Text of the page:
I acknowledge that I heard the views of nay-sayers who doubted the Study Group would bring forth significant and meaningful proposals for change.  However, due to the efforts of my colleagues, especially our very impressive legislative members from both sides of the aisle, this report will prove the doubters wrong as it sets forth significant answers to these concerns; it offers solutions that are not just possible, they are within our grasp. While my report outlines many recommendations, the broadest areas of consensus are in rehabilitation and reduction of recidivism. If our group succeeds in its mission in this area, the number of inmates coming back into the Alabama Department of Corrections (ADOC) facilities will be reduced, thus lowering the burden on the system, reducing costs to the taxpayers and increasing public safety.

Meaningful Examples¼

First and foremost, there is complete agreement that the Legislature should take a more active role in assisting ADOC in its mission to improve correctional facilities across the state. ADOC should report information to the Legislative Prison Oversight Committee; thereby allowing lawmakers to make informed decisions regarding policies that will help improve conditions within our state’s many facilities. This transparency, in combination with an increase to the ADOC budget to hire more officers and increase safety mechanisms for inmates and staff, including measures to interrupt the flow of contraband, will dramatically improve the state of our correctional institutions.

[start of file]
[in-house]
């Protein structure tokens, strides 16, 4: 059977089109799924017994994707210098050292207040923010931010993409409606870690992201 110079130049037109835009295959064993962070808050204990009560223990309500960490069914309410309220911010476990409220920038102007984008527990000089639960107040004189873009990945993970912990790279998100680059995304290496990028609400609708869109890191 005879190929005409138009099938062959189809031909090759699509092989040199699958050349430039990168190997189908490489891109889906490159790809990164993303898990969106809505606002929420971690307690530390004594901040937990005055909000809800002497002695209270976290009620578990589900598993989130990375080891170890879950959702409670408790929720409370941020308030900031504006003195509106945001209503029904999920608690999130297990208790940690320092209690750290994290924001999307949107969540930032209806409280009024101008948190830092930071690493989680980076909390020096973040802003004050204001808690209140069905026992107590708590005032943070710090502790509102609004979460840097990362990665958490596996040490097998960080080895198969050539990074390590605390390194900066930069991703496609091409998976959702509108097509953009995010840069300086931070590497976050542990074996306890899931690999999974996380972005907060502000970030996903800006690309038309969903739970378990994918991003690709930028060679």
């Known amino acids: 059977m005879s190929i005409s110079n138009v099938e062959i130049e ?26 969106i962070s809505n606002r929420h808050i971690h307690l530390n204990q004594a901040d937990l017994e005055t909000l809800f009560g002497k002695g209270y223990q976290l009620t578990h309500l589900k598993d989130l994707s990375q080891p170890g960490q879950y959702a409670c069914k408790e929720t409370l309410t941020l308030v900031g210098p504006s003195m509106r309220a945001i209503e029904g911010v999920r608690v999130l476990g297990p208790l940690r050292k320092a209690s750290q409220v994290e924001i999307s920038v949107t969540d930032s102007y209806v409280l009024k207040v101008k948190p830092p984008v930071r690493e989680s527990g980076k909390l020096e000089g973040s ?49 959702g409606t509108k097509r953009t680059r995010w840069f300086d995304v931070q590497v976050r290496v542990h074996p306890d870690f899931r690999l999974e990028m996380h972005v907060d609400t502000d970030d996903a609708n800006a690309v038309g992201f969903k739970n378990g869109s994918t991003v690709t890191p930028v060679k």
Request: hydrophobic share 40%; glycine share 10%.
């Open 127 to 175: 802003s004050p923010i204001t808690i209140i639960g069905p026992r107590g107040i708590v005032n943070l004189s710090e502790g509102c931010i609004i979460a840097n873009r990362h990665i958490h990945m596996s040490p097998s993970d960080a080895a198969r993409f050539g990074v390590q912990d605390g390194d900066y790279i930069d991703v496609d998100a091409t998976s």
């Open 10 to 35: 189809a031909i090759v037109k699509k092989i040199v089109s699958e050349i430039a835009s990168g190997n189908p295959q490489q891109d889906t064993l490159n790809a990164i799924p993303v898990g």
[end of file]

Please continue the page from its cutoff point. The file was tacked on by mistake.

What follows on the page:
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Bennet Wright, Executive Director of the Alabama Sentencing Commission, gave an insightful presentation to the group regarding the current demographics of the prison population, previous sentencing changes, and the complexities of sentencing laws in the state of Alabama. While proposals for sentencing changes will not effectuate a major drop in the prison population, they are rooted in prudence and fairness that can cause meaningful change.